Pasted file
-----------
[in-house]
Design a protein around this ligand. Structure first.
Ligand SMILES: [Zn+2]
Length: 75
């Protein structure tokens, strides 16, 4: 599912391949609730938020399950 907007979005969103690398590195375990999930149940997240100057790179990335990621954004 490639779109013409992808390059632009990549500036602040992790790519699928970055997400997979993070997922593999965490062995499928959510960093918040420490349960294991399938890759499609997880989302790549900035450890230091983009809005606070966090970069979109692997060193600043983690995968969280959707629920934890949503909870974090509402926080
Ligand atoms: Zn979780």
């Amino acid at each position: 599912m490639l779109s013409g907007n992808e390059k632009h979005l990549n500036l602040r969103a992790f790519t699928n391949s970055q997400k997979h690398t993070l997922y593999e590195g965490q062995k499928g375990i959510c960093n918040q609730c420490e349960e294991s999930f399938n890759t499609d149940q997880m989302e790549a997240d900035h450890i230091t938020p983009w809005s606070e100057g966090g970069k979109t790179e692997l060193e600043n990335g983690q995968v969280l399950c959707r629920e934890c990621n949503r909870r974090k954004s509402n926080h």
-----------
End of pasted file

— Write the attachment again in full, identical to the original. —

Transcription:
[in-house]
Design a protein around this ligand. Structure first.
Ligand SMILES: [Zn+2]
Length: 75
């Protein structure tokens, strides 16, 4: 599912391949609730938020399950 907007979005969103690398590195375990999930149940997240100057790179990335990621954004 490639779109013409992808390059632009990549500036602040992790790519699928970055997400997979993070997922593999965490062995499928959510960093918040420490349960294991399938890759499609997880989302790549900035450890230091983009809005606070966090970069979109692997060193600043983690995968969280959707629920934890949503909870974090509402926080
Ligand atoms: Zn979780």
């Amino acid at each position: 599912m490639l779109s013409g907007n992808e390059k632009h979005l990549n500036l602040r969103a992790f790519t699928n391949s970055q997400k997979h690398t993070l997922y593999e590195g965490q062995k499928g375990i959510c960093n918040q609730c420490e349960e294991s999930f399938n890759t499609d149940q997880m989302e790549a997240d900035h450890i230091t938020p983009w809005s606070e100057g966090g970069k979109t790179e692997l060193e600043n990335g983690q995968v969280l399950c959707r629920e934890c990621n949503r909870r974090k954004s509402n926080h």